Posts Tagged ‘cabbage white’

Pieridae Butterflies: Whites and Sulphurs

June 3, 2011

West Virginia White butterfly

Cabbage White butterfly

Some of the most common and easy to recognize butterflies are the whites and sulphurs. In fact the name butterfly probably comes from “butter colored flies” referring to some of the yellow ones. There are several variations, but most are white, like the Cabbage White butterfly, or yellow, like the Clouded Sulphur. The wings are roundish, some have orange or black tips and dots. They are midsized butterflies with a wingspan of about an inch.

Orange Sulphur butterfly on asters

Whites and sulphurs are found in every garden visiting flowers. They also like to gather in groups at mud puddles. They often can be seen chasing each other in a spiral flight, circling around each other while raising toward the sky, and then one of them dropping down.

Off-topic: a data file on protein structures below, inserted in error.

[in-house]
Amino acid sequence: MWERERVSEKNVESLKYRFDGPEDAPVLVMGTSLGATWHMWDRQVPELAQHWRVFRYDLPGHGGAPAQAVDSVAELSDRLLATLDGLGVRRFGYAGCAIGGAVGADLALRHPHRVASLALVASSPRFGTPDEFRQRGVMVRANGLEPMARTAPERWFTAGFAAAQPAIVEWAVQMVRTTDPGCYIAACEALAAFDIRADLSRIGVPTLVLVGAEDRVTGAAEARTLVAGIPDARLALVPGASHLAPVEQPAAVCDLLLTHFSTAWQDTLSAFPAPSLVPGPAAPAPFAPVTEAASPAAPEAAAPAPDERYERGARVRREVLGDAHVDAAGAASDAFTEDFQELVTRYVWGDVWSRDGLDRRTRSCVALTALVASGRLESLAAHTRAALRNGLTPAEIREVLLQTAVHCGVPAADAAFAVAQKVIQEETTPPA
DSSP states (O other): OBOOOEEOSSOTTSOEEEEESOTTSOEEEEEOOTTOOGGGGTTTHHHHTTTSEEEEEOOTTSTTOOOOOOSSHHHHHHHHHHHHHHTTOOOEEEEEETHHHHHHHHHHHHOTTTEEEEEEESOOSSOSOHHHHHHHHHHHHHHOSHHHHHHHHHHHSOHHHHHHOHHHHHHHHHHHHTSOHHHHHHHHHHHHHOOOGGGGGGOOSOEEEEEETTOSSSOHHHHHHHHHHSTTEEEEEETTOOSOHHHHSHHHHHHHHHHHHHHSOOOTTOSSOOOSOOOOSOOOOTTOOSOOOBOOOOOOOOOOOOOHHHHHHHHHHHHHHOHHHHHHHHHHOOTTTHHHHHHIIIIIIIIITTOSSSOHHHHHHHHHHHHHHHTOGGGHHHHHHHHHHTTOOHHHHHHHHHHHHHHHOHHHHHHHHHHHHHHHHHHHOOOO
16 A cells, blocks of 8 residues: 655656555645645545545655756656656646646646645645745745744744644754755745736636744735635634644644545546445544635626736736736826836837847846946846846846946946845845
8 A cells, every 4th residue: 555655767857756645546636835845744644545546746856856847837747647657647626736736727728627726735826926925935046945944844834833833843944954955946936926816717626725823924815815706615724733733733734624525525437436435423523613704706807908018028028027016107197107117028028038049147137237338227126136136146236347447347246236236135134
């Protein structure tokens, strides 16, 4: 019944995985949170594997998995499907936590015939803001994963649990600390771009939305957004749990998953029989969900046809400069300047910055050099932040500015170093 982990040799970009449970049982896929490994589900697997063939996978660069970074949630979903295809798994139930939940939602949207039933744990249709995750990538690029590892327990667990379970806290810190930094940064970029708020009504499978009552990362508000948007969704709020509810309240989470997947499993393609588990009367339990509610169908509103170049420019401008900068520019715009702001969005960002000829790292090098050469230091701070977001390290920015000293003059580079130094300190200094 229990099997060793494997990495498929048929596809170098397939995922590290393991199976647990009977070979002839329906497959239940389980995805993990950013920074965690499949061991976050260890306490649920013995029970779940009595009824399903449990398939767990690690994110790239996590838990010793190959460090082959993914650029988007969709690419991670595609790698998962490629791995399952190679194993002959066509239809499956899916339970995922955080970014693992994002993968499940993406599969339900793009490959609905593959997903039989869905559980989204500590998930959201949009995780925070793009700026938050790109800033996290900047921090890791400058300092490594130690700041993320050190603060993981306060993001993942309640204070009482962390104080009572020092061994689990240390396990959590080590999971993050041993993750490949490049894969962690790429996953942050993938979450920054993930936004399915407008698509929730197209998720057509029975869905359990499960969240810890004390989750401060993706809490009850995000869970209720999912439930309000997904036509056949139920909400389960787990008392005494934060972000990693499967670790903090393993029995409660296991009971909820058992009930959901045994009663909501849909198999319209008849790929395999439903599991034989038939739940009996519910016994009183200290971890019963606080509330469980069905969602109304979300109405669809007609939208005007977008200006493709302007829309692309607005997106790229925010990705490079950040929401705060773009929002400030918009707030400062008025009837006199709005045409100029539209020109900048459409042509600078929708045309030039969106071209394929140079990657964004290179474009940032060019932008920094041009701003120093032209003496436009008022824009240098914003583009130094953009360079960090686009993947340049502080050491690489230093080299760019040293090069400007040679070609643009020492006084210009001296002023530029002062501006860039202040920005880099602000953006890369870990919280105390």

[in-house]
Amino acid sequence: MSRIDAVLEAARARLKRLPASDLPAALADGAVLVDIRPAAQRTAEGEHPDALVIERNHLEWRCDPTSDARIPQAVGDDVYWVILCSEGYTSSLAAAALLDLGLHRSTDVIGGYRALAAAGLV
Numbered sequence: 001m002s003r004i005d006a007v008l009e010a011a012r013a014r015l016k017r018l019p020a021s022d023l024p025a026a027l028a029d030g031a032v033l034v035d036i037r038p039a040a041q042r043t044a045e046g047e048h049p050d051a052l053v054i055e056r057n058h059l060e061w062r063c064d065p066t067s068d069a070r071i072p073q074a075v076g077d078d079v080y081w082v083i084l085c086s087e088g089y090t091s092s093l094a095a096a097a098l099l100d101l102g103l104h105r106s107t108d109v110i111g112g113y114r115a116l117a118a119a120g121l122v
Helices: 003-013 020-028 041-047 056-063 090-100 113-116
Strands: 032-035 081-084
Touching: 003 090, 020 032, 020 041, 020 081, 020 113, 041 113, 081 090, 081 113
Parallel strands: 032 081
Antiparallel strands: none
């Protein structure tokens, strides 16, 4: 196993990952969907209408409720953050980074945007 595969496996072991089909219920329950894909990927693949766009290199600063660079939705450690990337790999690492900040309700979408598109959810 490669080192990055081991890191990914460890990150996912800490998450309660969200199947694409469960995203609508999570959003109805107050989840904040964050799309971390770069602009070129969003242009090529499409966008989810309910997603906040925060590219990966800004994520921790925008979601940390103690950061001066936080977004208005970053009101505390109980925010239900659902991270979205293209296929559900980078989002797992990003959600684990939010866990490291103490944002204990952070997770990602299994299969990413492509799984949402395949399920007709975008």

There are many native species, but the Cabbage White butterfly was introduced from Europe and, as its name suggests, it is a pest of cabbages and related plants.

Habitat. Gardens, fields, open areas, from beaches to mountains.

Season. From April to October, year round in southern states.

Flowers. Long throated flowers: monarda, butterfly bush, butterfly weed, mints, clover and also flat open flowers: daisies, sunflower, dandelion, thistles, goldenrod, etc. Also, look for them at mud puddles.

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Beginners Guide to Pollinators and Other Flower Visitors

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